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On the Road Again – –

Jack’s Wednesday guest post is on Thursday again – yawn – – –

One of the highlights of the tour I organize on odd-numbered years is the visit to Ballyeman Barn in Beautiful Antrim and the home of our old friend Liz Weir. Despite the fact that she’d only just returned from the US the day before we arrived, she was the perfect host as usual.

liz 1

Liz always cooks us a superb dinner before opening up the room for an old fashioned ceilidh with stories, songs and music. She always invites some of her local friends to join us and the entertainment and ‘craic’ is mighty (as they say in Ireland).

liz 3

 

 

 

 

 

 

 

 

 

What I wasn’t prepared for this time was the arrival of an old colleague from my teaching career in Dunfermline. I vaguely knew that John O’Connor was Irish but I didn’t know that he was from Cushendall and that he’d returned there when he retired. Just down the road from Liz’s place.

liz 4

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Who knows where the time goes –

Once again Jack misses his deadline and the Wednesday guest post appears on Thursday –

This is the title of a great song by Sandy Denny, who died far too young after falling down stairs once too often.

I find myself humming it over and over, here in Edinburgh once again, at the age of 75, after not falling down stairs very much at all—or at least not hurting myself when I did.

Edinburgh gives me a funny feeling, one I imagine must be felt by anyone of advancing years who experiences a less and less familiar place over a lifetime.

edinburgh

I first came here as a teenager to attend a jazz club on Tuesday nights–a 30-minute train journey on a pal’s “borrowed” student pass. It was glamorous and hippy. Outside of the August arts festival the place was mostly gloomy back in the Fifties, and if you missed the last train back you were stuck. Later I could borrow my dad’s car and the road bridge over the Forth opened – much more convenient and by then the folk scene had started. Gloom moved from buildings to music, one might say.

howff

The entrance to the jazz club is still the same (later the Howff folk-club)

The weird mix of nostalgia and alienation are exacerbated because Wendy and I are staying with my old singing partner of that folk scene. Barbara Dickson and I are both originally from Dunfermline, on the other side of the river Forth. We traveled that road to the big city morning, noon, and night to do gigs of every description, and every time I cross it, I remember something else from those fun, silly, earnest times.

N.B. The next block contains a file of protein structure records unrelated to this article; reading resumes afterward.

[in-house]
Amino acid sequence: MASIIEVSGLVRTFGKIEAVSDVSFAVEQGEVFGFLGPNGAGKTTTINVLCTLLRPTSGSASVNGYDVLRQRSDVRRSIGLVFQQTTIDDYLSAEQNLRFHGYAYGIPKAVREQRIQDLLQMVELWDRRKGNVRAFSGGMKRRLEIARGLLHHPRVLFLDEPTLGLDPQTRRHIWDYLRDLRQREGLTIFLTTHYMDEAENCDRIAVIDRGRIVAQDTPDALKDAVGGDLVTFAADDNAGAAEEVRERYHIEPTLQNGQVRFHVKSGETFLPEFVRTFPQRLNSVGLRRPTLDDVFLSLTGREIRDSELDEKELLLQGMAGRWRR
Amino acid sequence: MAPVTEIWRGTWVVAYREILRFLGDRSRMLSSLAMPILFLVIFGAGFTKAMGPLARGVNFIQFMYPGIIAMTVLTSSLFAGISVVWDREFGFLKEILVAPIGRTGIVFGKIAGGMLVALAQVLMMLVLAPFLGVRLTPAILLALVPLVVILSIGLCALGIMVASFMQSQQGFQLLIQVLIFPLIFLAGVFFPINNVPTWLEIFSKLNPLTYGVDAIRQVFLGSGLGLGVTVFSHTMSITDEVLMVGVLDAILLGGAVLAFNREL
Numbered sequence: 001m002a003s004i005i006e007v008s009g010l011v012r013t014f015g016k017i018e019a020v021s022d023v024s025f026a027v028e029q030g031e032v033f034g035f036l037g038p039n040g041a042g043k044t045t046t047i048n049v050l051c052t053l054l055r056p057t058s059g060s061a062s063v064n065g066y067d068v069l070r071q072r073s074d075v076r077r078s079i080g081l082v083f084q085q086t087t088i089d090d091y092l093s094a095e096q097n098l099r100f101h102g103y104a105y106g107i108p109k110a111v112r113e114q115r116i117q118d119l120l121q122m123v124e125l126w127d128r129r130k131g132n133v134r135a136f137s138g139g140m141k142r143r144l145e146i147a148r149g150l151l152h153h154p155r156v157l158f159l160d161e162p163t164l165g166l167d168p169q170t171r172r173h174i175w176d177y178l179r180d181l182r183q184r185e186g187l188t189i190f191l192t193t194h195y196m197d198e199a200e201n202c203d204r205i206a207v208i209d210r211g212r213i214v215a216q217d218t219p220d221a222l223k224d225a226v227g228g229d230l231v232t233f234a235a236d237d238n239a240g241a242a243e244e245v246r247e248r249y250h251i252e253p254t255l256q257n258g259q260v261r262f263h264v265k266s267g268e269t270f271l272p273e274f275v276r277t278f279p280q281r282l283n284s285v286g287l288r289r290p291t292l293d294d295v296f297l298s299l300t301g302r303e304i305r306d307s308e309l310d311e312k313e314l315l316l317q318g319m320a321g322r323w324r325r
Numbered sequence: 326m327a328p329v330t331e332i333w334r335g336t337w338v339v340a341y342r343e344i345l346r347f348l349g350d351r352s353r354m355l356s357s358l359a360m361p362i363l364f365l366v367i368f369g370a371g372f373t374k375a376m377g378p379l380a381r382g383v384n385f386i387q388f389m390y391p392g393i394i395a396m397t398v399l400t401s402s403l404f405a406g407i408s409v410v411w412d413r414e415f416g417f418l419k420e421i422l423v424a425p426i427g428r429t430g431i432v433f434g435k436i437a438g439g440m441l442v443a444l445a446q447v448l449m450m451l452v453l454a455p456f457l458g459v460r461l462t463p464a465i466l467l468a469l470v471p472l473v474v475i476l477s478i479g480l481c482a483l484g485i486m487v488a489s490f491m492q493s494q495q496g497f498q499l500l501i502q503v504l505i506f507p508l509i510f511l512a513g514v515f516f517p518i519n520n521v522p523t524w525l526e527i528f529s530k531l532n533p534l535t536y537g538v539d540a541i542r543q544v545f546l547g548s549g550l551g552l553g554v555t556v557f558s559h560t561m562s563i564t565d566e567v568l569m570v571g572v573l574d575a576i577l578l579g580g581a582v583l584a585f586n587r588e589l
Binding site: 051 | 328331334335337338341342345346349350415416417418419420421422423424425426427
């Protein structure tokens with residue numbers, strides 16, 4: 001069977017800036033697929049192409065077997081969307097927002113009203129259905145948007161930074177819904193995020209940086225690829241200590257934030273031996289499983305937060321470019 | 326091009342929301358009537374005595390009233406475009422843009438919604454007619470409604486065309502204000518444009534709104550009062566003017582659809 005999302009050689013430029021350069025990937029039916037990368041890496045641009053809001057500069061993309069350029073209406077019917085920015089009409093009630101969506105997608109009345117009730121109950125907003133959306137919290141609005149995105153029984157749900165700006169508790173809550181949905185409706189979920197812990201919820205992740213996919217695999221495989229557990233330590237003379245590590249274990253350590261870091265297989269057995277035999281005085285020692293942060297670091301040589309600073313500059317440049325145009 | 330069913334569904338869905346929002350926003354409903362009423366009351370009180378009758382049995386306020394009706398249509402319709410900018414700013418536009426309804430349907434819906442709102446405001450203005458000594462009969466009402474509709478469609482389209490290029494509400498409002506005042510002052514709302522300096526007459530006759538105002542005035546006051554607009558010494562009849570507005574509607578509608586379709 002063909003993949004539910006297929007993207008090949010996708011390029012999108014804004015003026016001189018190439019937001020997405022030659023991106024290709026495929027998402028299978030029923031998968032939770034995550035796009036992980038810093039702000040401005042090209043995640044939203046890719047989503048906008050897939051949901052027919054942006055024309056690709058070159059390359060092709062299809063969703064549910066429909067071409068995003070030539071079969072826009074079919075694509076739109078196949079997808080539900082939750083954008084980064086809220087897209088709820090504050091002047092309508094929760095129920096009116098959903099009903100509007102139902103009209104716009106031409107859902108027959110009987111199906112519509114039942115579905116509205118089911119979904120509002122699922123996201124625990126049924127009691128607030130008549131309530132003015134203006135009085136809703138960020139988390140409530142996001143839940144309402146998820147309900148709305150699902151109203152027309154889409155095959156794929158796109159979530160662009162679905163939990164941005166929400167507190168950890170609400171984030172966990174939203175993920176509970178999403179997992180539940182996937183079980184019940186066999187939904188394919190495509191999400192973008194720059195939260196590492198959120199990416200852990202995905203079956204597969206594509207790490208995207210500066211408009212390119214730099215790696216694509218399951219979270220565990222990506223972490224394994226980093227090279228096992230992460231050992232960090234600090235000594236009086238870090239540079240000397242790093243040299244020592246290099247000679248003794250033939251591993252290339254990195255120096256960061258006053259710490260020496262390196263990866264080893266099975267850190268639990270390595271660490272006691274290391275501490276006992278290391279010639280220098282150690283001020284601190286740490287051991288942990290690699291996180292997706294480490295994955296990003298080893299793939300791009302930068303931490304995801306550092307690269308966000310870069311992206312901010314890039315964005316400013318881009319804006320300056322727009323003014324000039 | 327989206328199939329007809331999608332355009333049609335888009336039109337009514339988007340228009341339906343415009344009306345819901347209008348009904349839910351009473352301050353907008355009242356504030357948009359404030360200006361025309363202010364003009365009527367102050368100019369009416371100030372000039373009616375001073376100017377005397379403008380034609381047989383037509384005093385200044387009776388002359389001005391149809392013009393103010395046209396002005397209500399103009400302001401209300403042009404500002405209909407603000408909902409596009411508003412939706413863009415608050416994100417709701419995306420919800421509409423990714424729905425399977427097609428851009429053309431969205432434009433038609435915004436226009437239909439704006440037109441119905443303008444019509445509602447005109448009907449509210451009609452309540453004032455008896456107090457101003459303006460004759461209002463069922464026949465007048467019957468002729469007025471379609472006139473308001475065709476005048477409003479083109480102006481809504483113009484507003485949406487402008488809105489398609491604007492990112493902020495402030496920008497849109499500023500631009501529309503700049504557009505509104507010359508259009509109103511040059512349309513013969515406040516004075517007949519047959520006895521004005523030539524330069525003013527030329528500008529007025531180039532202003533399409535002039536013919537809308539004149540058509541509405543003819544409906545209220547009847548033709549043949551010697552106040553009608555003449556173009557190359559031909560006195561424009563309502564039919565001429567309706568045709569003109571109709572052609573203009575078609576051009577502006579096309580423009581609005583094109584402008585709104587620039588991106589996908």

And yet, as I return each year now leading a Scottish tour, the place seems more and more alien. The traffic is terrible, the good shops have gone, ghost tours and pub crawls advertised everywhere, every tiny corner has been turned into yet another marketing opportunity. Not that I can complain about marketing leading a tour, but a part of me longs to show Americans the way it was when it was a proud city bent on being rather than selling itself.

For all the tartan tat, Edinburgh manages to retain a certain grandeur – I’m really not sure how it does it. The 16th Century John Knox’s house in the old High Street is surrounded by awful opportunistic chain outlets – ‘kilt outfits for 100 pounds’ etc. (I wouldn’t advise buying one, or washing it if you do). That ancient house seems to just draw in its skirts and shrug them off, like many other historic buildings in the area.

Maybe we’re all destined to become curmudgeons as we age, lauding a golden past that never was. Or perhaps we all understand that commerce is driving the world now, not history, culture, tradition. Not that those ever did. If people remembered history we wouldn’t keep circling in the same paths.

So despite my curmudgeonly misgivings, Edinburgh retains a dignity and an allure beneath the shouts of tour leaders and vendors. There is more to Scotland than buying a plush Nessie in the High Street. Always has been, always will be.

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Je Suis un Mancunion

Jack’s weekly guest post –

I’m writing this the day after the terrible terrorist bombing at the end of the concert in Manchester and there are many thoughts swirling through my head. Of course the first thoughts are for the families of the kids who died – and many of them were young teenagers without any sense that they could be in danger at all. There were even two young friends from Barra in the Outer Hebrides off the west coast of Scotland. It’s an island with less than 1000 inhabitants. One is in hospital with serious injuries and the other is still missing and unaccounted for as I write this.

But while my first thoughts were for the families, there was something else bothering me.

I’m reminded of how the Falklands war broke out so conveniently for Margaret Thatcher just as an election was approaching–one she might easily have lost. Of course, with much flag waving and ‘British spirit’ she was re-elected comfortably. I’m reminded of a movie Wendy made me watch called WAG THE DOG, about an American president creating a fake war to boost his popularity. I didn’t want to watch it because it seemed so unsavory to write a comedy about something Britain had probably done. It was a funny movie, but in it the war was faked entirely rather than actually carried out under false pretenses.